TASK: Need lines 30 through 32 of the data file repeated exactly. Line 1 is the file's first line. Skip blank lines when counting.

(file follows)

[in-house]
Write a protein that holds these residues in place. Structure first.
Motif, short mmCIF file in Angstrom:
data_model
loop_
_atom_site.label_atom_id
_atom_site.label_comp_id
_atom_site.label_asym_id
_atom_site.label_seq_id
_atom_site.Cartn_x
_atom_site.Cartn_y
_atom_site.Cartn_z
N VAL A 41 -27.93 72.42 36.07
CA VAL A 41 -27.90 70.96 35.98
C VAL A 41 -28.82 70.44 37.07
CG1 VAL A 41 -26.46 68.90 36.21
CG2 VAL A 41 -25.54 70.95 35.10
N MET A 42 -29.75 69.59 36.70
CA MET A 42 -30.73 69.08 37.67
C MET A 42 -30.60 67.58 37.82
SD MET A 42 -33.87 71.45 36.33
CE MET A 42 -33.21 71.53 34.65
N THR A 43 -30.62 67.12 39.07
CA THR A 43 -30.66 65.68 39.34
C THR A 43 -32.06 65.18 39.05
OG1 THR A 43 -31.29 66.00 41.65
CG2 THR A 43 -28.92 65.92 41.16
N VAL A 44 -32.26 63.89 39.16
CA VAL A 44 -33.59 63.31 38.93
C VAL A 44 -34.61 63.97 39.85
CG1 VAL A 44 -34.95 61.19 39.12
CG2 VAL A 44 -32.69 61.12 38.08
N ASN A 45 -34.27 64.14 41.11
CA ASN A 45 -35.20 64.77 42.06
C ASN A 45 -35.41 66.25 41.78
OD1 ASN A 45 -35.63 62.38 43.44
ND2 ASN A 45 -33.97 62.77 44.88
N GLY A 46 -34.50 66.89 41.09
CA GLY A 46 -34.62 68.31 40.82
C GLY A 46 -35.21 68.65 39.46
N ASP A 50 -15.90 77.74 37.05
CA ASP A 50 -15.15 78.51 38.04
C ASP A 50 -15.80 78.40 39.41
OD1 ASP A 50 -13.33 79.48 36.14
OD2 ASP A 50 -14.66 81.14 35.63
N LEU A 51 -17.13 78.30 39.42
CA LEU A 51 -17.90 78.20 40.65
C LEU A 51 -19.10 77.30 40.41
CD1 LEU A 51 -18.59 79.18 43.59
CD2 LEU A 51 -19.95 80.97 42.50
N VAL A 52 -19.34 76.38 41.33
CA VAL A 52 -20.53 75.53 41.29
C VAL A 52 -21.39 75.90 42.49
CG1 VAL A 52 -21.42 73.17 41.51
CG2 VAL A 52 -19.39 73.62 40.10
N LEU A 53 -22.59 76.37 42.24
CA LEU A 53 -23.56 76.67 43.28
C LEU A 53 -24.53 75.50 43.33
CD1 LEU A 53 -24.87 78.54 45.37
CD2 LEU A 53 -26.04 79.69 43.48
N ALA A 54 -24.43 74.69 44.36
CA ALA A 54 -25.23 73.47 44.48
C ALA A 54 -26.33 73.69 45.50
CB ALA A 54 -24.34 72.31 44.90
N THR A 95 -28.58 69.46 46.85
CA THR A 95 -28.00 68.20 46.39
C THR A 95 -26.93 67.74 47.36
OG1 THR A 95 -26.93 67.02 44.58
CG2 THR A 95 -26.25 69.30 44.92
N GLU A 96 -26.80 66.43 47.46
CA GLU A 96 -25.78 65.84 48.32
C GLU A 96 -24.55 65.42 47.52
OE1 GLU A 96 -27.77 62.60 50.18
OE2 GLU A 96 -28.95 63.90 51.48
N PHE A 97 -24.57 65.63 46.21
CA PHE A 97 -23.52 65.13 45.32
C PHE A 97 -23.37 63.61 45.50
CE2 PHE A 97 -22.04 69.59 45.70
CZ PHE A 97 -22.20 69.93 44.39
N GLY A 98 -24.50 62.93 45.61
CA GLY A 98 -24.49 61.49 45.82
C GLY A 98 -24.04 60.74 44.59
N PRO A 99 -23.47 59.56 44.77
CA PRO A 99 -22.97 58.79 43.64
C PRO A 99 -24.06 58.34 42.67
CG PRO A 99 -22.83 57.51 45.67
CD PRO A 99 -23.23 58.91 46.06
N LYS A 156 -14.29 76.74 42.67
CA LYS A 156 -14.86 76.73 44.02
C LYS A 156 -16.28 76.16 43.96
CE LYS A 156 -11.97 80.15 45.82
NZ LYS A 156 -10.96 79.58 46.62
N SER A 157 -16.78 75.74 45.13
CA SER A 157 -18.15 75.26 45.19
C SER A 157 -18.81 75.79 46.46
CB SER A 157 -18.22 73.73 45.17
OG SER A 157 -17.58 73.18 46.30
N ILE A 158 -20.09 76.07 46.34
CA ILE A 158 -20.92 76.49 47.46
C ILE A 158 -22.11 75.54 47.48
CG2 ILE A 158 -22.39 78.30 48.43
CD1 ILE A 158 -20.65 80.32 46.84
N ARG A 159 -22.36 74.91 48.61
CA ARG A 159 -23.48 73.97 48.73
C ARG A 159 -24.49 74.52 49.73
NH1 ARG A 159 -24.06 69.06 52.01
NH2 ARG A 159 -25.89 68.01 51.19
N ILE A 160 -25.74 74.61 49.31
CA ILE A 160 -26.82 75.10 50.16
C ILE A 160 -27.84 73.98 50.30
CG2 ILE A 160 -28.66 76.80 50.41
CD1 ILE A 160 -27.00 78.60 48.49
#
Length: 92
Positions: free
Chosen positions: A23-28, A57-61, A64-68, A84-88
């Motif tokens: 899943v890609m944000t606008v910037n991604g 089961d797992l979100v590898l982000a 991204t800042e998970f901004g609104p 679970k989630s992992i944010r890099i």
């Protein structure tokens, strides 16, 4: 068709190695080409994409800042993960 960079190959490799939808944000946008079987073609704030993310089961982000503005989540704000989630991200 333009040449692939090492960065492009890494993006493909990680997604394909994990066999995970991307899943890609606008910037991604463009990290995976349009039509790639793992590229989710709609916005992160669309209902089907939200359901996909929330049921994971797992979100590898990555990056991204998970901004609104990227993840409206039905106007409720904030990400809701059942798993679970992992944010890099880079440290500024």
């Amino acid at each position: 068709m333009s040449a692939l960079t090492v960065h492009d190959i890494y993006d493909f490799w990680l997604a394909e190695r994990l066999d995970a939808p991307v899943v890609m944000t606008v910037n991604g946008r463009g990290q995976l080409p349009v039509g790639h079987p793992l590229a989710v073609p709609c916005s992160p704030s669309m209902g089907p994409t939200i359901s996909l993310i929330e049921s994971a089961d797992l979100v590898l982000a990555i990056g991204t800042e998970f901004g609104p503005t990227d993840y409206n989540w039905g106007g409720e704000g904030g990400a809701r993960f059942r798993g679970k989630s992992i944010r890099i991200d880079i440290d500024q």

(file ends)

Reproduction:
C VAL A 44 -34.61 63.97 39.85
CG1 VAL A 44 -34.95 61.19 39.12
CG2 VAL A 44 -32.69 61.12 38.08